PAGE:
Red Stretch Marks: How To Treat Them
Bid 'goodbye' to those marks on your body with some medical and natural treatments!
Stretch marks appear when your skin is stretched beyond its elastic capacity. They initially appear red but eventually turn skin-colored as they grow older. So, how to get rid of red stretch marks? It is easier to get rid of these red marks as they are comparatively fresh and easy to treat. But how exactly do you treat them? What are the treatment options and home remedies available? This article answers all your questions and touches upon the fundamentals of stretch marks and where they occur more. Keep reading.
In This Article
What Are Red Stretch Marks?
You might have noticed red lines on your stomach, thighs, arms, or any other body parts. These red lines are red stretch marks or striae rubra. This is a common skin condition that is caused by overstretching the skin. Overstretching your skin damages the elastic fibers in the deeper layer of skin (dermis).
Stretch marks usually appear red due to the skin in that area becoming thinner. As a result, the blood vessels present beneath the skin become visible and the stretch marks appear red. Eventually, the redness fades away and the color of the stretch marks changes with time.
Several factors are responsible for the overstretching of skin.
Causes Of Red Stretch Marks
Women usually develop stretch marks during pregnancy. The fibers in the skin around the belly become soft and stretch to make room for the developing fetus. As the baby grows, the skin stretches and develops stretch marks.
2. Growth Spurt During Puberty
Often, adolescents experience a sudden and rapid growth spurt when they hit puberty. At that time, their body grows and either loses weight or gains weight quickly. This sudden stretching and contracting of the skin may leave stretch marks.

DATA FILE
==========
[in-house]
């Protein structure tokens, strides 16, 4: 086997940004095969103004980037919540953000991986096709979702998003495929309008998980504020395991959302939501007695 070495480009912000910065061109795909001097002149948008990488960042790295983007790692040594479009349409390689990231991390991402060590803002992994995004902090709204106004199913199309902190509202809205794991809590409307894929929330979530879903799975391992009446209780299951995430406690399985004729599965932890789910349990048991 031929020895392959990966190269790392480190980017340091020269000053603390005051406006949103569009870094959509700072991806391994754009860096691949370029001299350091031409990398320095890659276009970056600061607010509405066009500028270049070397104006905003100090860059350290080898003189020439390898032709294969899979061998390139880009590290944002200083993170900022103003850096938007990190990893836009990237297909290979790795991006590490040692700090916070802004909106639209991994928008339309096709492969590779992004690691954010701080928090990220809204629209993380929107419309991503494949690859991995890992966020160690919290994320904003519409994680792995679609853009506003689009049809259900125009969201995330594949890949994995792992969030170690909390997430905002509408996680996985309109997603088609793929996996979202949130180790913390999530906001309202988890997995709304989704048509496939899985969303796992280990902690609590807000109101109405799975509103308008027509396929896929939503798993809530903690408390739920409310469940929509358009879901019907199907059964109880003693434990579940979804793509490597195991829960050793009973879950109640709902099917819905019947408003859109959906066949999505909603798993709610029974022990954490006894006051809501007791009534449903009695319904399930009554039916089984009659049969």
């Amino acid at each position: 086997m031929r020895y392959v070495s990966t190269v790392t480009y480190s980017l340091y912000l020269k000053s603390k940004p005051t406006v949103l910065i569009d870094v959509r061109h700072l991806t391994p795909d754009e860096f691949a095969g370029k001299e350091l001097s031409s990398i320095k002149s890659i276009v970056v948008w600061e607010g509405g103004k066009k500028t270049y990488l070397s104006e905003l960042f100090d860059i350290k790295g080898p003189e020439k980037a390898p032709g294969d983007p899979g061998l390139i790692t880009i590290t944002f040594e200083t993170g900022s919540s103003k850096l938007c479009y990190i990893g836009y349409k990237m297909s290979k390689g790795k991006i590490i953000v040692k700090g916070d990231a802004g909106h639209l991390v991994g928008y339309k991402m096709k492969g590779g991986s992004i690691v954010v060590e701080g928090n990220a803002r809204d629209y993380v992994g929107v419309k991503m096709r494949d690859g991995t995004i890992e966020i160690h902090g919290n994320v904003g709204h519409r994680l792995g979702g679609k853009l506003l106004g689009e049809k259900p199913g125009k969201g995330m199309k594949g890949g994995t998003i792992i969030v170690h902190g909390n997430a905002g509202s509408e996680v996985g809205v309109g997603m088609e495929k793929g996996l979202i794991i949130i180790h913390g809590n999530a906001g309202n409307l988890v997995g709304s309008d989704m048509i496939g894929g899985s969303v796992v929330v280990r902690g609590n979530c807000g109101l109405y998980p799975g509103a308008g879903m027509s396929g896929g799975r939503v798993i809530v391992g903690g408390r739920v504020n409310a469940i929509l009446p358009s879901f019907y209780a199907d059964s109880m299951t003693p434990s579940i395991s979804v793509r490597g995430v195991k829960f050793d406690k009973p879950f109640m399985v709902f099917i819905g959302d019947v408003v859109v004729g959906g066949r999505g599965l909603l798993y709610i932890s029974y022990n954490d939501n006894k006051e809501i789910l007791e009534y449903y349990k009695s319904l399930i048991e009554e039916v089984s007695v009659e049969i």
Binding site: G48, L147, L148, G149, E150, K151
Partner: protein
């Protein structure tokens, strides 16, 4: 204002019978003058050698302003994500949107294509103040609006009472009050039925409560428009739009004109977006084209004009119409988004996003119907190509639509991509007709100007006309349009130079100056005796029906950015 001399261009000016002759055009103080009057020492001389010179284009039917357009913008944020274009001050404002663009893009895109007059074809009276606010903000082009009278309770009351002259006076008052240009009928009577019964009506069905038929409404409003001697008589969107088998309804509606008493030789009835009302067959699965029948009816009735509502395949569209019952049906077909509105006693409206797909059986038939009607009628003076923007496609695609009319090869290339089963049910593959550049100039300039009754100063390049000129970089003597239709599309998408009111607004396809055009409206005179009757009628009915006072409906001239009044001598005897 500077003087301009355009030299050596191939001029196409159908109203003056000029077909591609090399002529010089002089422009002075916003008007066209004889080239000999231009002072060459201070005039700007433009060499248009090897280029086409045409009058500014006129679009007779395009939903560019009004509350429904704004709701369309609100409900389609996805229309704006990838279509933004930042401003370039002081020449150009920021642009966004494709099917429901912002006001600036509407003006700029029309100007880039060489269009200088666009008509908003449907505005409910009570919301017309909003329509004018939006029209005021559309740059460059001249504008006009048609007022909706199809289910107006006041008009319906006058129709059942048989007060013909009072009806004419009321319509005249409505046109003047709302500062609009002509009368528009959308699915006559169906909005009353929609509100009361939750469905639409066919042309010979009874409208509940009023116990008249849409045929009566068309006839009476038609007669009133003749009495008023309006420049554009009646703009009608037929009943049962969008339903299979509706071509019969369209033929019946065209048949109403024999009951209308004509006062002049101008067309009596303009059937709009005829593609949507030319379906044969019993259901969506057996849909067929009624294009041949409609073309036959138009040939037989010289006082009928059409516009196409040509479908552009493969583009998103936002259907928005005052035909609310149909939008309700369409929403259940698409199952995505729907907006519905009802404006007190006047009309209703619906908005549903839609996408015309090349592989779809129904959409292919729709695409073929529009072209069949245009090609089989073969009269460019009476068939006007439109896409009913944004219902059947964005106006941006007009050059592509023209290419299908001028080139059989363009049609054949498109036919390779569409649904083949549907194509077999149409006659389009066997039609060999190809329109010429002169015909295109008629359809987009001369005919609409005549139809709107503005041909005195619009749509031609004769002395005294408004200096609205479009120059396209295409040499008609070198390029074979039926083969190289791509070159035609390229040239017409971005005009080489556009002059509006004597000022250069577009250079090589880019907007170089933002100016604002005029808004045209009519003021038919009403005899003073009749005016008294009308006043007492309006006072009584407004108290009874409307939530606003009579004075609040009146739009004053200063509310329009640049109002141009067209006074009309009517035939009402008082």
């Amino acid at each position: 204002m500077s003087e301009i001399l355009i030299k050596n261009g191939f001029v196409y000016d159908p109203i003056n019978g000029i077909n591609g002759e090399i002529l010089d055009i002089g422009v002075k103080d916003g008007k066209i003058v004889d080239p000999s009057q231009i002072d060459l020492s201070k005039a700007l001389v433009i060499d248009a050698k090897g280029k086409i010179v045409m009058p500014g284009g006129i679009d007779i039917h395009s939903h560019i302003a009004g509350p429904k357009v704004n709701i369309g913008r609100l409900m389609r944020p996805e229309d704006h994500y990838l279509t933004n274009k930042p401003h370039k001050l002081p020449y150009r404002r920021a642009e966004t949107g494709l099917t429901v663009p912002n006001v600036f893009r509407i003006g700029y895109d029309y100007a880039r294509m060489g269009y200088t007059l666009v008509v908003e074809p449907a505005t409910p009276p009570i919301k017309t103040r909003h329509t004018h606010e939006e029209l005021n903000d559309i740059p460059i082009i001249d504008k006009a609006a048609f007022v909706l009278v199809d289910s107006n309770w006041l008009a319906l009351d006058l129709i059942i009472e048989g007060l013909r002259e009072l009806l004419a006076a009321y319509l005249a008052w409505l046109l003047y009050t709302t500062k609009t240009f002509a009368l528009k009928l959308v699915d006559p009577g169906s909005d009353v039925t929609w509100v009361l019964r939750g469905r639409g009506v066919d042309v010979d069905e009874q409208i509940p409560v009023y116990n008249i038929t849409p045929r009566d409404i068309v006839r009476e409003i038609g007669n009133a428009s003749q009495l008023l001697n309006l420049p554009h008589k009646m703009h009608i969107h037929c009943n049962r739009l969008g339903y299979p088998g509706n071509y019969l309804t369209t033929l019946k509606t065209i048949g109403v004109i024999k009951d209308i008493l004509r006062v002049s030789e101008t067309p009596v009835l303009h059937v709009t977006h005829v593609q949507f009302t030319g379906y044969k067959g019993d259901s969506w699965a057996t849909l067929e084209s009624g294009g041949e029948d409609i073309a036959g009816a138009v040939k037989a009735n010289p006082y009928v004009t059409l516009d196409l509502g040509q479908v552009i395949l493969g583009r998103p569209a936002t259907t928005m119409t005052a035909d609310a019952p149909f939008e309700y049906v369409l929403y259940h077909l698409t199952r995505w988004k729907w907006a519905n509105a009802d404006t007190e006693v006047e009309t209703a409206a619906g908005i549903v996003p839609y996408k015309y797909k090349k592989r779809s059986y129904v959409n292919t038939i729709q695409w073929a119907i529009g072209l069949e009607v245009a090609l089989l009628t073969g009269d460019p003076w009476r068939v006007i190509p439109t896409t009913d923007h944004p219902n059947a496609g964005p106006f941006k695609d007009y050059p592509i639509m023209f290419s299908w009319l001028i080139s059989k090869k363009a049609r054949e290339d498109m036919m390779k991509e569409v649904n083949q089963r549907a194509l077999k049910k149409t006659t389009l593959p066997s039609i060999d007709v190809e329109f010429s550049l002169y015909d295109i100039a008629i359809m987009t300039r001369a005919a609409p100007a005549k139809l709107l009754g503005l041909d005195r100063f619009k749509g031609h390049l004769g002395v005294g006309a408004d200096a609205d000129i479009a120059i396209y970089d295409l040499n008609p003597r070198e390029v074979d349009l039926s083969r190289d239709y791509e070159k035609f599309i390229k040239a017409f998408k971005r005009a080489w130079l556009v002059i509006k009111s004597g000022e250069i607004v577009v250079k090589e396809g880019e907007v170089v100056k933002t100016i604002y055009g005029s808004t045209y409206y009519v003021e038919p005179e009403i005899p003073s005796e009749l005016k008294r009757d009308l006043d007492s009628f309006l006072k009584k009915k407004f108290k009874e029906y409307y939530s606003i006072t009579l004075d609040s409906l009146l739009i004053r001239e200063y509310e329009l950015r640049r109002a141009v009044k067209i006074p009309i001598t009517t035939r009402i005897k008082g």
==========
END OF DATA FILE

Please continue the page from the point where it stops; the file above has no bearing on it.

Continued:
3. Rapid Weight Gain Or Weight Loss
When you gain weight in a short period of time, your skin stretches suddenly and develops stretch marks. The same happens when you try to lose weight quickly and go on a diet. That’s why it is advisable to lose or gain weight gradually so that it does not strain your skin.
If you have a family history of stretch marks, you may be prone to develop them.
5. Corticosteroids And Medications
Using corticosteroids for a long time can bring down the level of collagen in your skin. This affects your skin’s ability to stretch, and you are at a high risk of developing stretch marks.
6. Body Building
When you are trying to build muscles, the rapid growth of muscle mass can also stretch your skin and create stretch marks.
7. Medical Conditions
Rare health conditions such as Ehlers-Danlos syndromei XA group of hereditary medical disorders that affect the connective tissues in the body like skin, blood vessel walls, joints, etc. , Cushing’s syndromei XA rare medical condition that occurs due to the overproduction of cortisol (stress hormone) over a long period of time. , and Marfan’s syndromei XA genetic disorder that changes the proteins needed for healthy connective tissue production, causing damage to the skin, eyes, etc. may also cause stretch marks due to various physiological factors associated with the conditions.
You do not get stretch marks on your hands, feet, or face. There are specific body parts where you usually get stretch marks. Check them out below.
Common Body Parts Where You Get Red Stretch Marks
You are most likely to get stretch marks on your:
You may also notice stretch marks on your lower back and on the back of your arms. You are most likely to get stretch marks on the parts where your body stores more fat.
Red stretch marks are easier to treat as the skin in that particular area can still produce collagen, which can cover up the marks. However, once the stretch marks become old and turn white, it is tough to treat them. With proper treatment, the marks may not go away entirely but fade to a great extent.